NeuroEq: Neurodiversity Inclusion in the Equestrian CommunityDedicated to the inclusion of neurodivergent riders and trainers in equestrian sports and the education of our community about neurodiversity.
Who Are We?
NeuroEq is an organization of neurodivergent equestrians and trainers and our allies who have come together for the purpose of creating greater inclusion of neurodiversity in equestrian sports and to educate our community about neurodiversity. We have a show team and support each other at horse shows and other equestrian events.
NeuroEq was founded in 2023 by neurodivergent author, equestrian, and mental health expert Katie Pryal. If you are interested in learning more about NeuroEq, contact her. If you are supportive, kind, and generous, we have space on our team for you.
Our current projects include advocating for greater accessibility for neurodivergent riders in USEF and USHJA events. (Learn more about disability access for riders under USEF rules.) By changing the game (literally) at the top-level organization, we can then work to proliferate the changes to local organizations and shows.
Stay up to date with the latest NeuroEq events on our Instagram page: instagram.com/neuroeq.
What is Neurodiversity?
Neurodiversity refers to the range of differences in brain function and behavior that are part of the normal variation in the human population.
As the Cleveland Clinic explains, “Neurodivergent is a nonmedical term that describes people whose brains develop or work differently for some reason. This means the person has different strengths and struggles from people whose brains develop or work more typically.”
A neurodivergent person might be autistic or have ADHD, or they might have anxiety disorder or chronic depression.
The symbol adopted by the neurodivergent community is the rainbow infinity symbol used in our logo.
Show Team Members
Our team is growing, so check back soon. If you are interested in joining, contact Katie Pryal.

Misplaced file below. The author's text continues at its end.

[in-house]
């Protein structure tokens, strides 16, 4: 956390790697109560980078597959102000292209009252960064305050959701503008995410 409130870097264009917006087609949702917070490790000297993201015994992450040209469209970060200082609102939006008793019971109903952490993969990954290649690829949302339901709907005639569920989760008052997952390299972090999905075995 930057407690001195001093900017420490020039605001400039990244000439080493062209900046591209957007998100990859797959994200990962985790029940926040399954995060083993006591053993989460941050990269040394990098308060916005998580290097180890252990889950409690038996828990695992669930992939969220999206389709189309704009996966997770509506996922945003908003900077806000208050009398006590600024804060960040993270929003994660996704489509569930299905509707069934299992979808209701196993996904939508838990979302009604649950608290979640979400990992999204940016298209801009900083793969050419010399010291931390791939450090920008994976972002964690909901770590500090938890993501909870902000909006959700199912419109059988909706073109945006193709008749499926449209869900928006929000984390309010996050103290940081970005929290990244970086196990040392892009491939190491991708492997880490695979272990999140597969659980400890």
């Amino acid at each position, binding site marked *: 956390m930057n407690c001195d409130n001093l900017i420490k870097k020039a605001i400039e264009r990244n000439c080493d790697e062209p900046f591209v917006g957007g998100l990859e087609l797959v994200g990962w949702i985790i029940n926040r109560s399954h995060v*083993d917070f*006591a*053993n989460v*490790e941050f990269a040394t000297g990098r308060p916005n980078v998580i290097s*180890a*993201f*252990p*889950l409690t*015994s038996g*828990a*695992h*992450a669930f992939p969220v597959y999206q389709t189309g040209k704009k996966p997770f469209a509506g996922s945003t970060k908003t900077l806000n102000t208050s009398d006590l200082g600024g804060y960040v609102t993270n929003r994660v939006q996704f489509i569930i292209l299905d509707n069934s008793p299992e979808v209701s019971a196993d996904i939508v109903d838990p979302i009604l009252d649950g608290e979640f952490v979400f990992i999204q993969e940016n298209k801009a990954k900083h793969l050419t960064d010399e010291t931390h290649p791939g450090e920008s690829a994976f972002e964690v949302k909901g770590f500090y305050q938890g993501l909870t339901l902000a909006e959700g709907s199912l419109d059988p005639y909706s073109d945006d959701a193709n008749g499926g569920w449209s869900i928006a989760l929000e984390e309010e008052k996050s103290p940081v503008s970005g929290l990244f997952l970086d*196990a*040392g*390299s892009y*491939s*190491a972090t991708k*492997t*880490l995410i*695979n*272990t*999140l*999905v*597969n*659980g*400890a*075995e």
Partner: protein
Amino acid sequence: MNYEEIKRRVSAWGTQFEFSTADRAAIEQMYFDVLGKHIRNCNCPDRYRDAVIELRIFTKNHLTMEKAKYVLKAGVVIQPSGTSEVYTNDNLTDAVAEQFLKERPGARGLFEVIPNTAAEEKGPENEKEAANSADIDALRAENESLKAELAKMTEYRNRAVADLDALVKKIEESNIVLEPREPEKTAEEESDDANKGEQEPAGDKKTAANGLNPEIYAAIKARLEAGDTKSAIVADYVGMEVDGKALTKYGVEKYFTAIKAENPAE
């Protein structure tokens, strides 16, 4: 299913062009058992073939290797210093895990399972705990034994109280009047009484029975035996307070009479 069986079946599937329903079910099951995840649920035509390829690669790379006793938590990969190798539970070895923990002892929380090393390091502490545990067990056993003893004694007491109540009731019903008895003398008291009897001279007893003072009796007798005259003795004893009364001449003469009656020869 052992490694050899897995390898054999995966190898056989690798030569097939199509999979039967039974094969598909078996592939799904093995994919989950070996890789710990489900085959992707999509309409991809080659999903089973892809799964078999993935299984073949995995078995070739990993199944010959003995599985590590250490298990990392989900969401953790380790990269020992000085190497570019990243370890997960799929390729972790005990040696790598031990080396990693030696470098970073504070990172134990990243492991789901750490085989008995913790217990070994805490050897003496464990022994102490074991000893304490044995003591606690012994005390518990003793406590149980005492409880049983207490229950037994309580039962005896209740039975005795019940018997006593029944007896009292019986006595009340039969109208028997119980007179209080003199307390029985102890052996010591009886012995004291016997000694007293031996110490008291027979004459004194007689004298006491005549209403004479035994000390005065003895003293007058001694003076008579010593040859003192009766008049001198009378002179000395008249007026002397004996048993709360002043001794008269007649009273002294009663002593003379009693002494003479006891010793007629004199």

Katie is a a bipolar-autistic adult rider who returned to riding after a 20-year hiatus. She rode on the Duke University Equestrian Team, graduating in 1998. She rides hunters and jumpers on her 2018 KWPN mare Georgette. She is the author of many books that center mental health and neurodiversity, including Life of the Mind Interrupted: Essays on Mental Health and Disability in Higher Education (Blue Crow, 2017) and A Light in the Tower: A New Reckoning with Mental Health and Disability in Higher Education (U. Kansas Press, forthcoming 2024). She also writes many short pieces for magazines, including the Mom, Interrupted column on being an autistic mom of autistic kids in Catapult Magazine. She lives in Chapel Hill.
Jenna is an adult rider in her mid-20s who has been riding consistently since childhood, competing primarily in hunters and occasionally in dressage. She has anxiety and depression, ADHD, and chronic pain/migraines. She owns a photography business (Jenna Smith Equine Photography) and works as a full-time barn manager. Follow her on Instagram at instagram.com/jen_tography. She lives in Chapel Hill.
A. is a neurodivergent 14 year old who competes in hunters and jumpers on his 2017 paint pony Asha.
We are lucky to partner with many supportive organizations in our community.
More information coming soon!